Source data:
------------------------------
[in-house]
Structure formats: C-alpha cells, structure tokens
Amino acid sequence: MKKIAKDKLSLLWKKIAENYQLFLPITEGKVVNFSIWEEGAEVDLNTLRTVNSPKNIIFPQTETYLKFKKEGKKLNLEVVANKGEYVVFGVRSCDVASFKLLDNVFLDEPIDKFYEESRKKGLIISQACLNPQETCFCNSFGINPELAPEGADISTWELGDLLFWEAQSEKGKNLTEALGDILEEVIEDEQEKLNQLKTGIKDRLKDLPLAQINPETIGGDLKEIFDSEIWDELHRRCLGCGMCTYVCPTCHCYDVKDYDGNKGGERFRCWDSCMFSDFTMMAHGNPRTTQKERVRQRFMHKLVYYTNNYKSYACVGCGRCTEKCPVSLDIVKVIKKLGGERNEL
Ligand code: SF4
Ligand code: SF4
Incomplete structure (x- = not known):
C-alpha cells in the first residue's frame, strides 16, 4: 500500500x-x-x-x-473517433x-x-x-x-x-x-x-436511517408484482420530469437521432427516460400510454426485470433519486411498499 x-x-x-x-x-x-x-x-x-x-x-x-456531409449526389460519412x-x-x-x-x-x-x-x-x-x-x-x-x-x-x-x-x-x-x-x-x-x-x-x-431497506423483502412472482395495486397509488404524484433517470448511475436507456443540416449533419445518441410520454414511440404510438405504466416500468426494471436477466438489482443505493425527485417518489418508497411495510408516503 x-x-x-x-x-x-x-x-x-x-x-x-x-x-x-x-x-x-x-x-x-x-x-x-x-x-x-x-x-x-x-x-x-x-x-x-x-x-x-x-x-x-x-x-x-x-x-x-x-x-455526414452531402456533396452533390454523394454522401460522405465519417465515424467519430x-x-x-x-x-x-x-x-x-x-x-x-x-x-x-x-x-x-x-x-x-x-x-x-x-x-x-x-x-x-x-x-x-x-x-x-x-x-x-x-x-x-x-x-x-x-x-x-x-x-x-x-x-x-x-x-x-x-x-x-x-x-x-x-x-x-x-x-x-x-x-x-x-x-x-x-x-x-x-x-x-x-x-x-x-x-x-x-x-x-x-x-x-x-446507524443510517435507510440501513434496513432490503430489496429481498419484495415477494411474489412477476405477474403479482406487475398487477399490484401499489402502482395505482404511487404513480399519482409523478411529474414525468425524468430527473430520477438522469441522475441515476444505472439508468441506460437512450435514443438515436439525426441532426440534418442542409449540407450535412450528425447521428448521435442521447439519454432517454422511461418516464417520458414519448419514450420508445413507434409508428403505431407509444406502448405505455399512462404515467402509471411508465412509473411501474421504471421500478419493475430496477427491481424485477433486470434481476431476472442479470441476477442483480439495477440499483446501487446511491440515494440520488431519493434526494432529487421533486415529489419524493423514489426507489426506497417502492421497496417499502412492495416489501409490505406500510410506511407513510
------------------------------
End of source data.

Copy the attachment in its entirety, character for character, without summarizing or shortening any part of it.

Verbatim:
[in-house]
Structure formats: C-alpha cells, structure tokens
Amino acid sequence: MKKIAKDKLSLLWKKIAENYQLFLPITEGKVVNFSIWEEGAEVDLNTLRTVNSPKNIIFPQTETYLKFKKEGKKLNLEVVANKGEYVVFGVRSCDVASFKLLDNVFLDEPIDKFYEESRKKGLIISQACLNPQETCFCNSFGINPELAPEGADISTWELGDLLFWEAQSEKGKNLTEALGDILEEVIEDEQEKLNQLKTGIKDRLKDLPLAQINPETIGGDLKEIFDSEIWDELHRRCLGCGMCTYVCPTCHCYDVKDYDGNKGGERFRCWDSCMFSDFTMMAHGNPRTTQKERVRQRFMHKLVYYTNNYKSYACVGCGRCTEKCPVSLDIVKVIKKLGGERNEL
Ligand code: SF4
Ligand code: SF4
Incomplete structure (x- = not known):
C-alpha cells in the first residue's frame, strides 16, 4: 500500500x-x-x-x-473517433x-x-x-x-x-x-x-436511517408484482420530469437521432427516460400510454426485470433519486411498499 x-x-x-x-x-x-x-x-x-x-x-x-456531409449526389460519412x-x-x-x-x-x-x-x-x-x-x-x-x-x-x-x-x-x-x-x-x-x-x-x-431497506423483502412472482395495486397509488404524484433517470448511475436507456443540416449533419445518441410520454414511440404510438405504466416500468426494471436477466438489482443505493425527485417518489418508497411495510408516503 x-x-x-x-x-x-x-x-x-x-x-x-x-x-x-x-x-x-x-x-x-x-x-x-x-x-x-x-x-x-x-x-x-x-x-x-x-x-x-x-x-x-x-x-x-x-x-x-x-x-455526414452531402456533396452533390454523394454522401460522405465519417465515424467519430x-x-x-x-x-x-x-x-x-x-x-x-x-x-x-x-x-x-x-x-x-x-x-x-x-x-x-x-x-x-x-x-x-x-x-x-x-x-x-x-x-x-x-x-x-x-x-x-x-x-x-x-x-x-x-x-x-x-x-x-x-x-x-x-x-x-x-x-x-x-x-x-x-x-x-x-x-x-x-x-x-x-x-x-x-x-x-x-x-x-x-x-x-x-446507524443510517435507510440501513434496513432490503430489496429481498419484495415477494411474489412477476405477474403479482406487475398487477399490484401499489402502482395505482404511487404513480399519482409523478411529474414525468425524468430527473430520477438522469441522475441515476444505472439508468441506460437512450435514443438515436439525426441532426440534418442542409449540407450535412450528425447521428448521435442521447439519454432517454422511461418516464417520458414519448419514450420508445413507434409508428403505431407509444406502448405505455399512462404515467402509471411508465412509473411501474421504471421500478419493475430496477427491481424485477433486470434481476431476472442479470441476477442483480439495477440499483446501487446511491440515494440520488431519493434526494432529487421533486415529489419524493423514489426507489426506497417502492421497496417499502412492495416489501409490505406500510410506511407513510